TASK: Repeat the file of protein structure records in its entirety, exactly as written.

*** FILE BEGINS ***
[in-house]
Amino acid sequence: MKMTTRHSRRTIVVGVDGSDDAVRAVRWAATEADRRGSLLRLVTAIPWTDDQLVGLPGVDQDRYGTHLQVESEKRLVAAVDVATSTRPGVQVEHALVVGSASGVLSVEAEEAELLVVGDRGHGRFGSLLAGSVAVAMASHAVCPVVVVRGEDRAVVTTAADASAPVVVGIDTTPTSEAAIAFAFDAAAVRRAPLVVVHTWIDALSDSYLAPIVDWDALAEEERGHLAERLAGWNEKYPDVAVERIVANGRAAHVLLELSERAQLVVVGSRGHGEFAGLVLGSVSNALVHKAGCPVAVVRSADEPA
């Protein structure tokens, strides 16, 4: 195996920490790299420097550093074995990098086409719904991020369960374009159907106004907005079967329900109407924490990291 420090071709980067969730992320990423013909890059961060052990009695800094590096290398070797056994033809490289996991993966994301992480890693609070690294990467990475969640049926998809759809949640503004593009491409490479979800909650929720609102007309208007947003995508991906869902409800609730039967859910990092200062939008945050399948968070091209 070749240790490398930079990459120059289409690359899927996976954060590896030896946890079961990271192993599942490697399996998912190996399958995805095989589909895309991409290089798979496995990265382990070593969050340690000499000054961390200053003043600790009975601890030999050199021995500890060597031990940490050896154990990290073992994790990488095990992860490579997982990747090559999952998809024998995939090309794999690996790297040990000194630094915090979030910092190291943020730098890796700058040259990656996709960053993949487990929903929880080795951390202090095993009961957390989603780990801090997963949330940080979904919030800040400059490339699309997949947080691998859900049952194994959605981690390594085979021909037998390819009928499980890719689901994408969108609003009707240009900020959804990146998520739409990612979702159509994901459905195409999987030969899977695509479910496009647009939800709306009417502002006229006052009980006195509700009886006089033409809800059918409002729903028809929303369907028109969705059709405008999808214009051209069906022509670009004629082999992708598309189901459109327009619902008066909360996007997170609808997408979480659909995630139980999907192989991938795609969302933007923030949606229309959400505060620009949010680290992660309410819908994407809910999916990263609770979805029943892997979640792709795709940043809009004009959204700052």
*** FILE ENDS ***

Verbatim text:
[in-house]
Amino acid sequence: MKMTTRHSRRTIVVGVDGSDDAVRAVRWAATEADRRGSLLRLVTAIPWTDDQLVGLPGVDQDRYGTHLQVESEKRLVAAVDVATSTRPGVQVEHALVVGSASGVLSVEAEEAELLVVGDRGHGRFGSLLAGSVAVAMASHAVCPVVVVRGEDRAVVTTAADASAPVVVGIDTTPTSEAAIAFAFDAAAVRRAPLVVVHTWIDALSDSYLAPIVDWDALAEEERGHLAERLAGWNEKYPDVAVERIVANGRAAHVLLELSERAQLVVVGSRGHGEFAGLVLGSVSNALVHKAGCPVAVVRSADEPA
């Protein structure tokens, strides 16, 4: 195996920490790299420097550093074995990098086409719904991020369960374009159907106004907005079967329900109407924490990291 420090071709980067969730992320990423013909890059961060052990009695800094590096290398070797056994033809490289996991993966994301992480890693609070690294990467990475969640049926998809759809949640503004593009491409490479979800909650929720609102007309208007947003995508991906869902409800609730039967859910990092200062939008945050399948968070091209 070749240790490398930079990459120059289409690359899927996976954060590896030896946890079961990271192993599942490697399996998912190996399958995805095989589909895309991409290089798979496995990265382990070593969050340690000499000054961390200053003043600790009975601890030999050199021995500890060597031990940490050896154990990290073992994790990488095990992860490579997982990747090559999952998809024998995939090309794999690996790297040990000194630094915090979030910092190291943020730098890796700058040259990656996709960053993949487990929903929880080795951390202090095993009961957390989603780990801090997963949330940080979904919030800040400059490339699309997949947080691998859900049952194994959605981690390594085979021909037998390819009928499980890719689901994408969108609003009707240009900020959804990146998520739409990612979702159509994901459905195409999987030969899977695509479910496009647009939800709306009417502002006229006052009980006195509700009886006089033409809800059918409002729903028809929303369907028109969705059709405008999808214009051209069906022509670009004629082999992708598309189901459109327009619902008066909360996007997170609808997408979480659909995630139980999907192989991938795609969302933007923030949606229309959400505060620009949010680290992660309410819908994407809910999916990263609770979805029943892997979640792709795709940043809009004009959204700052």